Dressing For A Business Trip Flight
Business trips can make or break a good corporate career. Your boss wants to see what kind of bloke you are outside the office. Looking decent can play some (small) part in that.
If you’re travelling solo, apply the Short Haul rules and bring your suit in a sturdy garment bag. But if your boss is along for the trek, you need to think clearly about whether they can forget seeing you in track pants and a band tee from your salad days as a face-chewing festival monstrosity. Chances are, he won’t live it down, so you need to think twice, and dress like a big boy.
Do I Suit Up?
Our money is on a cautious no. It’s impractical, uncomfortable, and air travel isn’t kind to suits at the best of times. It’s likely you’ll step off the plane with your favourite M.J. Bale kit resembling a wrinkled mess. Keep it in a secure garment bag and opt for business casual instead.
Play it safe on the more formal end of business casual – an Oxford shirt and thin pullover knit says to your boss that you can handle looking the part without the familiarity of a two piece suit. You won’t need a tie (on board at least) so wear the shirt open-necked, but not so open that you look like an Eastern European criminal with a trunk full of fake Rolexes.
Here, tailored chinos or denim will do the job. Even if you’re semi on the clock, you can still afford to dress down on account for the fact that you’re trading a plush office chair for an aerial sardine can.
If you’re worried that your boss has strange whims about what is and isn’t kosher, play it safe and wear tailored pants – wool or cotton – and stow your jeans for travel downtime instead.
Business trips can have some arcane rules about footwear. You’re still on the clock, more or less, but no one is wearing their proper work shoes. So, you’ll need to think of something in between. Our picks are on suede oxfords or loafers, or even driving shoes if it’s a casual trip. Your feet can take a killing during air travel, and there’s nothing worse than eight hours in the same pair of uncomfortable leather stompers.
You won’t impress a flight attendant by flashing your scuffed, pawn-shop Rolex when she wheels around for snacks, but it’s important to be dressed whole if you’re travelling in company. Remember to pack your IWC, OMEGA or Rolex because you’re there to make a good impression.
Do’s & Don’ts
If you’re travelling with a senior colleague, gauge their expectations before you roll into the airport. If they’re under the impression you’re heading straight into a meeting once the wheels touch down, that might be a good indication you’ll need to travel as you work (i.e, in corporate attire). If it’s a work booze trip masquerading as official business, you can dress down accordingly.
Dressing For A Holiday Flight
If you’re lucky enough to score a week or two here and there to nip off to somewhere sunny, thinking about what to wear might seem like a fair ordeal in exchange for fruity cocktails and endless afternoons on a deck chair.
Holidays don’t really carry heaps of expectations, but you should still avoid your Bintang worst, and make an honest attempt to disrupt the Australian tourist’s reputation as an ill-mannered, ill-dressed wuckfit.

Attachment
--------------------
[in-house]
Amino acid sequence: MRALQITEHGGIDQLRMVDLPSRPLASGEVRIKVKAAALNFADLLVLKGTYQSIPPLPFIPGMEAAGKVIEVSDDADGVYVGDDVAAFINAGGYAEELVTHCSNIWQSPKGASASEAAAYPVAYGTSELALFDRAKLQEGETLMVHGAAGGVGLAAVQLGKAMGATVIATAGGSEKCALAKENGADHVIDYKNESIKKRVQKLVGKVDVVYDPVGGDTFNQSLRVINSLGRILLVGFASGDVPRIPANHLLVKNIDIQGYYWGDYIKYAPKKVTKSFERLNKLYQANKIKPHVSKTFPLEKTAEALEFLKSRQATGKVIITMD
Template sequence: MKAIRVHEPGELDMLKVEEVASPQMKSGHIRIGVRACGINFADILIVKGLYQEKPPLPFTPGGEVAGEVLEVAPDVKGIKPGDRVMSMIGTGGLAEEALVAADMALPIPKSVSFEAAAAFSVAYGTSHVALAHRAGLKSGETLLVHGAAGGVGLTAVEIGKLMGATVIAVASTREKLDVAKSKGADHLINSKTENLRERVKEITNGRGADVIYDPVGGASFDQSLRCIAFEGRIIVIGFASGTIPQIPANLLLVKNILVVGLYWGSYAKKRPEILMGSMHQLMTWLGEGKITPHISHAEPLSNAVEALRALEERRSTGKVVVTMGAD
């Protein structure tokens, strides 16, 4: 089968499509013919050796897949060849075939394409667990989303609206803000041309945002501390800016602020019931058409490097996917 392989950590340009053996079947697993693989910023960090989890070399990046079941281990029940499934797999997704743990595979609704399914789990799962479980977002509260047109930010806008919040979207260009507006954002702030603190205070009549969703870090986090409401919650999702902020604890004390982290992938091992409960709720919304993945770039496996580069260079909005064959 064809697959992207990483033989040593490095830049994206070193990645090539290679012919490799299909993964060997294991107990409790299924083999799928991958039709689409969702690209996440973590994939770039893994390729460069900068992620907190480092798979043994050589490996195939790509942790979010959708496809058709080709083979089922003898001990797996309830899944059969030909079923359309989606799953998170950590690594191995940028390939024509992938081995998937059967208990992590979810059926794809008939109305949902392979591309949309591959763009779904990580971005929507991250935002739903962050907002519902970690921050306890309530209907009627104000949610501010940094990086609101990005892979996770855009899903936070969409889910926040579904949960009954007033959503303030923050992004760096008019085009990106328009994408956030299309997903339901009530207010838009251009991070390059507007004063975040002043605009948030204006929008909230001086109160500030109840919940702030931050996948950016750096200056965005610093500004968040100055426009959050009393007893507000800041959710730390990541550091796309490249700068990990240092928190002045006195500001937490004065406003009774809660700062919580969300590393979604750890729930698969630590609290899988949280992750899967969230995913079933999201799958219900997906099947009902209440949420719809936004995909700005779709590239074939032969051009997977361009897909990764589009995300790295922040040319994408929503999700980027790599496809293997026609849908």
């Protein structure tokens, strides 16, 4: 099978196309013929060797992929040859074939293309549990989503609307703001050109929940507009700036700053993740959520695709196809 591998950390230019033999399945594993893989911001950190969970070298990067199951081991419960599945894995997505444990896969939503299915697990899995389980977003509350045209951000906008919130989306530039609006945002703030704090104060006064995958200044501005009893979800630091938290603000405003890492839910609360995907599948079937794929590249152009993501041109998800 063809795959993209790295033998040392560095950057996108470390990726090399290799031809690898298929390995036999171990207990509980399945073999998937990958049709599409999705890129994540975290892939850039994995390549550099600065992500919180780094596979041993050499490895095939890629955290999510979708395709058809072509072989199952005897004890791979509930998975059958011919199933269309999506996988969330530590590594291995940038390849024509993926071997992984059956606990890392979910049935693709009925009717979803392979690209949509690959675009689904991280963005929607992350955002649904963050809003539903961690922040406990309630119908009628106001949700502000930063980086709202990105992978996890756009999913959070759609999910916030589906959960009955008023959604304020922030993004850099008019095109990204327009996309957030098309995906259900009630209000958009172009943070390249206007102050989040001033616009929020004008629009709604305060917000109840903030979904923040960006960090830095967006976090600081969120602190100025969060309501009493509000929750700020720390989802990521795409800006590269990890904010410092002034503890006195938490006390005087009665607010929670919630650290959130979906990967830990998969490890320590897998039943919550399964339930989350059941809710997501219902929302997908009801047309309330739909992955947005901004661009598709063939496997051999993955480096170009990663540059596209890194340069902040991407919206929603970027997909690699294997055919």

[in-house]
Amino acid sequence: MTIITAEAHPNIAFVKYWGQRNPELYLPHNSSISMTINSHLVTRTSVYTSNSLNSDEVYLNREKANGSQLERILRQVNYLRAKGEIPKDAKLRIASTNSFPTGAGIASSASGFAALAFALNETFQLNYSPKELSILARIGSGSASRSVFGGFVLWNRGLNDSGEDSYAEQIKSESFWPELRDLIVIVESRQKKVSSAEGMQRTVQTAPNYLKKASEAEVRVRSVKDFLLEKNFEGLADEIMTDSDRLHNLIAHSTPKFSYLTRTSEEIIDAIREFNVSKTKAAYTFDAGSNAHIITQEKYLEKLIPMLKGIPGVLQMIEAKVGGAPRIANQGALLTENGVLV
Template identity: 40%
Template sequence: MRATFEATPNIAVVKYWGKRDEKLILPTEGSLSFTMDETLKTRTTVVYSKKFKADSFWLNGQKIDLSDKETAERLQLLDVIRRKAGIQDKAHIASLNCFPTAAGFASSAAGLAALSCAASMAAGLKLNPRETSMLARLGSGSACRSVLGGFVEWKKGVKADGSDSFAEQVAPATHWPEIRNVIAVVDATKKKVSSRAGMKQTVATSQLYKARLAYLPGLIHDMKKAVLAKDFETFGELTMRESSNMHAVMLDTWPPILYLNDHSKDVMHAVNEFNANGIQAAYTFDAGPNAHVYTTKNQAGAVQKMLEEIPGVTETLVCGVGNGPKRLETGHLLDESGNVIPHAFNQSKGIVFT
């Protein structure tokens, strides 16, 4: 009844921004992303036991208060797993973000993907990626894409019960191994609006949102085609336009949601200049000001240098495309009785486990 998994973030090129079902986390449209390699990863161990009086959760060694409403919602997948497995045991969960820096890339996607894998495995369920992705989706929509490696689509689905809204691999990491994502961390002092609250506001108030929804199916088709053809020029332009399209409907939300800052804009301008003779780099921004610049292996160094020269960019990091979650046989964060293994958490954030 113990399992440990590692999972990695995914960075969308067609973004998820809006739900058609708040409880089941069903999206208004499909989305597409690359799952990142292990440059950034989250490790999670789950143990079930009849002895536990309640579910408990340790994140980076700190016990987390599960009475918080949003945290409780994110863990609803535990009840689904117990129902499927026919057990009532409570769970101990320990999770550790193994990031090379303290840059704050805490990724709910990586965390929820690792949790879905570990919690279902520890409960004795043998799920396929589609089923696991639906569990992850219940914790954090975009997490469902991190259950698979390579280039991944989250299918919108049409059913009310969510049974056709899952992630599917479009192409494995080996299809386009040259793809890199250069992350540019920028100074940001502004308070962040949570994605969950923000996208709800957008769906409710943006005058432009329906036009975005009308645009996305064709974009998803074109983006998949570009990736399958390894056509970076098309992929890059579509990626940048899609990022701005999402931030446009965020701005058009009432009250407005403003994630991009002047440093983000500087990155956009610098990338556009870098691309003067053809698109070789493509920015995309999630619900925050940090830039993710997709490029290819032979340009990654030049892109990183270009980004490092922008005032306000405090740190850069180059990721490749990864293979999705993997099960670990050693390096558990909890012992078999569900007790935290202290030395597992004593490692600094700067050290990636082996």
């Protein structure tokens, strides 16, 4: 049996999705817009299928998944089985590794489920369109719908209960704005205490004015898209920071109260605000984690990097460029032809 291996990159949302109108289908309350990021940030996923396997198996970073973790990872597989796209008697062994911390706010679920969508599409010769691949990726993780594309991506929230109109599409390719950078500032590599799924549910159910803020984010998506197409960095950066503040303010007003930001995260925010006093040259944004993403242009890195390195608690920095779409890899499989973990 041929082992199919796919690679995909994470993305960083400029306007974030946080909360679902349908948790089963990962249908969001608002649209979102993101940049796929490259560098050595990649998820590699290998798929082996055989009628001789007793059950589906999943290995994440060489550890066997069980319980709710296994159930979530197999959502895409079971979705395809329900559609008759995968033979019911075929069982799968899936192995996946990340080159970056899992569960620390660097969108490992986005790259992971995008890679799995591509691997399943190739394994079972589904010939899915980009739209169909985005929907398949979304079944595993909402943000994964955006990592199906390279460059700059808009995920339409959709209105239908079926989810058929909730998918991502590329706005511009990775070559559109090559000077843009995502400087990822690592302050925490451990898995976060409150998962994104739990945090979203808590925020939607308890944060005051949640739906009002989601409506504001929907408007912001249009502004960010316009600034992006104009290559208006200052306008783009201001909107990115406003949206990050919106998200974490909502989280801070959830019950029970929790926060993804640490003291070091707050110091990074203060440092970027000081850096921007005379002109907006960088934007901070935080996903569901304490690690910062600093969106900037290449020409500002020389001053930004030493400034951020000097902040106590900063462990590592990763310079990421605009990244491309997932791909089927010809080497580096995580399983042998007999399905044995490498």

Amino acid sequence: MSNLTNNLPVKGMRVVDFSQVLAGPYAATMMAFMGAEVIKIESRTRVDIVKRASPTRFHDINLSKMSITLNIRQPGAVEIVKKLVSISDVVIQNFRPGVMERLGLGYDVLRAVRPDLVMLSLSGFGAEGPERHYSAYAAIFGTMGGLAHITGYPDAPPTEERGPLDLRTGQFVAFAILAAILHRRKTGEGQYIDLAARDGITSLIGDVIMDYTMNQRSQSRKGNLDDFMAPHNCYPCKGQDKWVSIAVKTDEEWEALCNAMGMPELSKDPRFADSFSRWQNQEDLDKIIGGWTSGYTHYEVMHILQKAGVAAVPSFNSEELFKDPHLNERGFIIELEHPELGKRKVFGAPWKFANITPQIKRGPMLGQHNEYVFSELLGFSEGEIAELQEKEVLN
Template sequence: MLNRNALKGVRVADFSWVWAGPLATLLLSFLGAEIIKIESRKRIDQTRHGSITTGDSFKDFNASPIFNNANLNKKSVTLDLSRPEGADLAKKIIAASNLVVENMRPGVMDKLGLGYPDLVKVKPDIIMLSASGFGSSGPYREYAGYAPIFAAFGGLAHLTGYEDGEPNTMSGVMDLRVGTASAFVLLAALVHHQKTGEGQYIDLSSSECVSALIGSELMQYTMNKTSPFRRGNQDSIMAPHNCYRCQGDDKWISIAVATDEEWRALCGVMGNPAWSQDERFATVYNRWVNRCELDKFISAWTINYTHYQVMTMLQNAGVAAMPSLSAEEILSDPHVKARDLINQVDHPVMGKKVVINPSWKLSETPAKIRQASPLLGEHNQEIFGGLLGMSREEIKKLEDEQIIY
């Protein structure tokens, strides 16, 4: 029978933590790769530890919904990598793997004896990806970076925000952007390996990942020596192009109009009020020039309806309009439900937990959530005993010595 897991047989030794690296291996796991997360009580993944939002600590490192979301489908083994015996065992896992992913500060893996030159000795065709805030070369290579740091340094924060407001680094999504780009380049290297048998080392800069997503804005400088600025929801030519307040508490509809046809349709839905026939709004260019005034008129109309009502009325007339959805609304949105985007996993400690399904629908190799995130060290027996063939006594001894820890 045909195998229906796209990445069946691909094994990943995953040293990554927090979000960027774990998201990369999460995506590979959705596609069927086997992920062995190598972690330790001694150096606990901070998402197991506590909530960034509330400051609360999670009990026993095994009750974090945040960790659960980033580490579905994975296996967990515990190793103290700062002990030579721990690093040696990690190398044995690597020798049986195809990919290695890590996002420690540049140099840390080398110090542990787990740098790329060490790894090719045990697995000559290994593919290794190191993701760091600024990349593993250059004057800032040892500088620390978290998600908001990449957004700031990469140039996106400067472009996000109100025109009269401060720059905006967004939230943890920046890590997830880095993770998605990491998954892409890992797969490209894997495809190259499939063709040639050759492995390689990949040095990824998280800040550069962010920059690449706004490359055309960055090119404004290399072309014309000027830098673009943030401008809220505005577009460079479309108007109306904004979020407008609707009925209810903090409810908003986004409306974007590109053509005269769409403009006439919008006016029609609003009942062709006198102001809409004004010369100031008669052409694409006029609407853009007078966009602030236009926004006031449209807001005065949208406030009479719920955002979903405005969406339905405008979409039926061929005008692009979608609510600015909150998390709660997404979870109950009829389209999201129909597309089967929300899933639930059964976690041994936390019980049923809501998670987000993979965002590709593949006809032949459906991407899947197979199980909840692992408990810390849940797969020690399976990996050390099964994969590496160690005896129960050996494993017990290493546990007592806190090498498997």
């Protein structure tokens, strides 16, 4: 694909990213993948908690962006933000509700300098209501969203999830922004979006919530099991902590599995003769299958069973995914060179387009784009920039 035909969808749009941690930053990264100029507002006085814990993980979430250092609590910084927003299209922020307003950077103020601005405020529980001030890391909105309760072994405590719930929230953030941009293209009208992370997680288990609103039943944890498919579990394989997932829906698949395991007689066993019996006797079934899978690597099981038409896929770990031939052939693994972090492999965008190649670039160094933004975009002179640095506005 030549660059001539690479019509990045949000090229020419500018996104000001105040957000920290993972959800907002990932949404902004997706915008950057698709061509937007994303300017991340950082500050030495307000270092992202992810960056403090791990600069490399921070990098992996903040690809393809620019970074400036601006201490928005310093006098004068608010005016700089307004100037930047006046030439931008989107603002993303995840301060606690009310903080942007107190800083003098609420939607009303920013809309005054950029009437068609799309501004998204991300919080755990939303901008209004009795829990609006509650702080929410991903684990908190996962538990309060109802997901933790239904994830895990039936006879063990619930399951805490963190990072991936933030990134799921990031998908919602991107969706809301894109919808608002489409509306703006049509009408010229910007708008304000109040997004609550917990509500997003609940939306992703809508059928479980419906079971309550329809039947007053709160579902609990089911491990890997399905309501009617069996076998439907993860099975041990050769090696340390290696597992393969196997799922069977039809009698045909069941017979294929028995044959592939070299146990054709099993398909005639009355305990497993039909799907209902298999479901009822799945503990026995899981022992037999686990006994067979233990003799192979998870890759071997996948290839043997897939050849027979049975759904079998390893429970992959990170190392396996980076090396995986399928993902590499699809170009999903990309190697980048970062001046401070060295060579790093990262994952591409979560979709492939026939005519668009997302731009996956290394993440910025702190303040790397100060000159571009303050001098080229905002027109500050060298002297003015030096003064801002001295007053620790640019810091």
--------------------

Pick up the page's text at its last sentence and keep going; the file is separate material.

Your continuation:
Pretty much anything goes here, as long as it’s not a ratty tee with mothholes or your 2008 rugby all-star jersey. A camp-collar shirt over a tee can add a festive element to your trip, and are on trend without looking too overdone.
However, singlets are a categorical no-no. Even if you’re built like Chris Hemsworth and flying in the middle of February, no one asked to see your armpit hair or dodgy tribal tats from 2009.
It’s a holiday, not a christening, so you can run the risk of wearing shorts. Not boardies though, or your footy shorts from when you were a D-grade benchrider, but tailored shorts – that is, ending above the knee, a modest taper, and generally look like something you could chuck on with a shirt and white sneakers for a night out.
If your holiday was worth the coin, you shouldn’t need to wear shoes a whole lot. However, you still need to get there, so get out your sturdiest, most versatile trainers – New Balance or Adidas – to give your feet a break if it’s a longish trek.
And remember, gents, a week away isn’t an excuse to wear thongs on a plane. Aside from the fact that you’re exposing your toes to being trod on by a flight attendant, feet get nasty during travel and there’s only so much you can do mid-air to keep the funk at bay.
The D’Marge rule for holiday dress is thus: never wear anything you’re afraid to lose, trade, or obliterate while overseas.
Holidays always carry that X factor of ‘anything could happen’, so bringing an expensive watch, heirloom signet ring, or Gucci shades is just asking for trouble (or a mugging if you travel anywhere interesting).
Men’s Fashion FAQ
Since shawl cardigans can be layered under jackets, look for one with high armholes and trim sleeves, preferably with enough room to accommodate a button down. For the length, it should fit just below your belt line. Regularly clean your suede boots with a special brush. Treat them with a thin application of suede sealant every couple of months to help repel dirt and prevent stains. Yes. Joggers are usually lighter and made of thinner materials to allow your legs to breathe. Sweatpants are designed to be thicker and warmer than joggers.
How should a shawl cardigan fit?
How do you take care of suede boots?
Is there a difference between joggers and sweatpants?
Since shawl cardigans can be layered under jackets, look for one with high armholes and trim sleeves, preferably with enough room to accommodate a button down. For the length, it should fit just below your belt line.
Regularly clean your suede boots with a special brush. Treat them with a thin application of suede sealant every couple of months to help repel dirt and prevent stains.
Yes. Joggers are usually lighter and made of thinner materials to allow your legs to breathe. Sweatpants are designed to be thicker and warmer than joggers.